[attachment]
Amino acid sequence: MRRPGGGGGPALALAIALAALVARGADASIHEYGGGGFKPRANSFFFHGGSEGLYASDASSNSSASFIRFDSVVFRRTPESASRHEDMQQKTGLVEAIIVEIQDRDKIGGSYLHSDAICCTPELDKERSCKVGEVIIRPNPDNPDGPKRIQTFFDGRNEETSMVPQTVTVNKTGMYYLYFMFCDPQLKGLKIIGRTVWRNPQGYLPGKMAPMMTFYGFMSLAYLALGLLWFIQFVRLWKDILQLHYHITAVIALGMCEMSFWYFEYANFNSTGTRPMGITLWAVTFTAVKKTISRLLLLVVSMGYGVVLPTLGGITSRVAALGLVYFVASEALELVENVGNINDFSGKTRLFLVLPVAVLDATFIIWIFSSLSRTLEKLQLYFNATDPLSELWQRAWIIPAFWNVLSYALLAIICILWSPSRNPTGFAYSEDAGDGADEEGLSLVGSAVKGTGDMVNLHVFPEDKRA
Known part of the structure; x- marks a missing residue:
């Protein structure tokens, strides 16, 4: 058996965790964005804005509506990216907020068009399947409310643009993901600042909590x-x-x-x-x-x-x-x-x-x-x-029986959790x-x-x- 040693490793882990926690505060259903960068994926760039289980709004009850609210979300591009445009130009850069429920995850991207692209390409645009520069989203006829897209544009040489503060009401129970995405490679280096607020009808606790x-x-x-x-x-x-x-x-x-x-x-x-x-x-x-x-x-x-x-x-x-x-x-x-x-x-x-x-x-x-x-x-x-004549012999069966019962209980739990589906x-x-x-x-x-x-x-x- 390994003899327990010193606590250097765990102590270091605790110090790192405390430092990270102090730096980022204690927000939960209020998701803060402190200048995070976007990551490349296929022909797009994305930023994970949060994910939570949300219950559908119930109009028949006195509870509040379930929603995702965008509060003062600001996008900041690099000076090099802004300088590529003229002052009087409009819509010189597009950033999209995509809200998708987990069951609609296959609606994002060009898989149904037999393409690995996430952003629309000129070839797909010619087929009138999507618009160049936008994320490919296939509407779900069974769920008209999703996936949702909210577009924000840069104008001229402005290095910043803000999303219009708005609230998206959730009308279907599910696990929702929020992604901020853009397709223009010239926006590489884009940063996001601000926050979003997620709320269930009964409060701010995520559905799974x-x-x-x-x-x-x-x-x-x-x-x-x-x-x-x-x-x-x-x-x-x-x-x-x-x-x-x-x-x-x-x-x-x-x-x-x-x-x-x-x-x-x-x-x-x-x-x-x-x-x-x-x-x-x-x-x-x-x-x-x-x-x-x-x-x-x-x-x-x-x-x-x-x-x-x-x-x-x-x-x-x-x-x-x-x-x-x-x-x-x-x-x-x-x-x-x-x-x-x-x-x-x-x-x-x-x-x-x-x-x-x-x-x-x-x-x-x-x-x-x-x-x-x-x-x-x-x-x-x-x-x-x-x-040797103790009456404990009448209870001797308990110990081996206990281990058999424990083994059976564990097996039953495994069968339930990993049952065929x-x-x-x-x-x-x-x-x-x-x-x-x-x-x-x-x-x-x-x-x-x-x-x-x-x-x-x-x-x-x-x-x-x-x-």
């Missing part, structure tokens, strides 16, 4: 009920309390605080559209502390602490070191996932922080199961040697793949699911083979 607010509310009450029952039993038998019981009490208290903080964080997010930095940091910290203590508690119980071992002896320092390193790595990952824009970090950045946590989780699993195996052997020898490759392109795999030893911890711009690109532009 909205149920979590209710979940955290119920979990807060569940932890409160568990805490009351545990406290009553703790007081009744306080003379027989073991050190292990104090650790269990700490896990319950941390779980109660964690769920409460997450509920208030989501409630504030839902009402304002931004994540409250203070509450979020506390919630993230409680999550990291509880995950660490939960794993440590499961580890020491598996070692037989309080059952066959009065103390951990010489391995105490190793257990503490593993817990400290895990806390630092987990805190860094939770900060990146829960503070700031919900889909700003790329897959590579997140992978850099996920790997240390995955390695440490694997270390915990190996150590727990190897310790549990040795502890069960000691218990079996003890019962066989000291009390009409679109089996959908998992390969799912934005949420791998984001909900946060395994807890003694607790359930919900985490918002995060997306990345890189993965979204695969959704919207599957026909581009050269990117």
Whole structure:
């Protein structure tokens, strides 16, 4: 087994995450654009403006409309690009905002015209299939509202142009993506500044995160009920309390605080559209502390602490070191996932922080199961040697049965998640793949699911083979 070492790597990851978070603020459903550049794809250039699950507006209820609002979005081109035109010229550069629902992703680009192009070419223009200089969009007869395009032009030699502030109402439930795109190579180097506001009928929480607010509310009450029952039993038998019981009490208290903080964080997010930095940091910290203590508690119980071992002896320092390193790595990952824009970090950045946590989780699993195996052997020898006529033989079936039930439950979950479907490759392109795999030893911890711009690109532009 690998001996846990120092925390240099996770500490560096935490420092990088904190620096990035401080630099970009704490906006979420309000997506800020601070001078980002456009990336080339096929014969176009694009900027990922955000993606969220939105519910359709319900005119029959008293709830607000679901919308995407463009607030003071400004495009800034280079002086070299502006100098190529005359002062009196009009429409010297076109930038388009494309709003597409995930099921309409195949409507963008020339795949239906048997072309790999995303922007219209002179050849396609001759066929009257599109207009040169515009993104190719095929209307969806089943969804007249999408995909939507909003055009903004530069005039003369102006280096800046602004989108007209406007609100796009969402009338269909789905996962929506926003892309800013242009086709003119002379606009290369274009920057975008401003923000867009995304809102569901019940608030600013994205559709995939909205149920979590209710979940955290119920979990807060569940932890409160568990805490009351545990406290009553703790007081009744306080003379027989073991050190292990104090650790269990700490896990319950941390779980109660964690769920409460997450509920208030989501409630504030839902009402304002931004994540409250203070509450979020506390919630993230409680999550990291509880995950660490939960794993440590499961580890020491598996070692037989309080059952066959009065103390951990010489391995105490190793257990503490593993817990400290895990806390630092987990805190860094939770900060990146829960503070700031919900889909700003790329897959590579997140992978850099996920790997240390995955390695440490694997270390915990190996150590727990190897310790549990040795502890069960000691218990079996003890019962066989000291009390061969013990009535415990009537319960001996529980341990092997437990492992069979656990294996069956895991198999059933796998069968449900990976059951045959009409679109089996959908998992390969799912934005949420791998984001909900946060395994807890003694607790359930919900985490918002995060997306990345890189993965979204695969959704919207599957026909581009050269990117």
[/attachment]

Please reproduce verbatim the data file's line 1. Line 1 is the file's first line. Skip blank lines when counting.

Amino acid sequence: MRRPGGGGGPALALAIALAALVARGADASIHEYGGGGFKPRANSFFFHGGSEGLYASDASSNSSASFIRFDSVVFRRTPESASRHEDMQQKTGLVEAIIVEIQDRDKIGGSYLHSDAICCTPELDKERSCKVGEVIIRPNPDNPDGPKRIQTFFDGRNEETSMVPQTVTVNKTGMYYLYFMFCDPQLKGLKIIGRTVWRNPQGYLPGKMAPMMTFYGFMSLAYLALGLLWFIQFVRLWKDILQLHYHITAVIALGMCEMSFWYFEYANFNSTGTRPMGITLWAVTFTAVKKTISRLLLLVVSMGYGVVLPTLGGITSRVAALGLVYFVASEALELVENVGNINDFSGKTRLFLVLPVAVLDATFIIWIFSSLSRTLEKLQLYFNATDPLSELWQRAWIIPAFWNVLSYALLAIICILWSPSRNPTGFAYSEDAGDGADEEGLSLVGSAVKGTGDMVNLHVFPEDKRA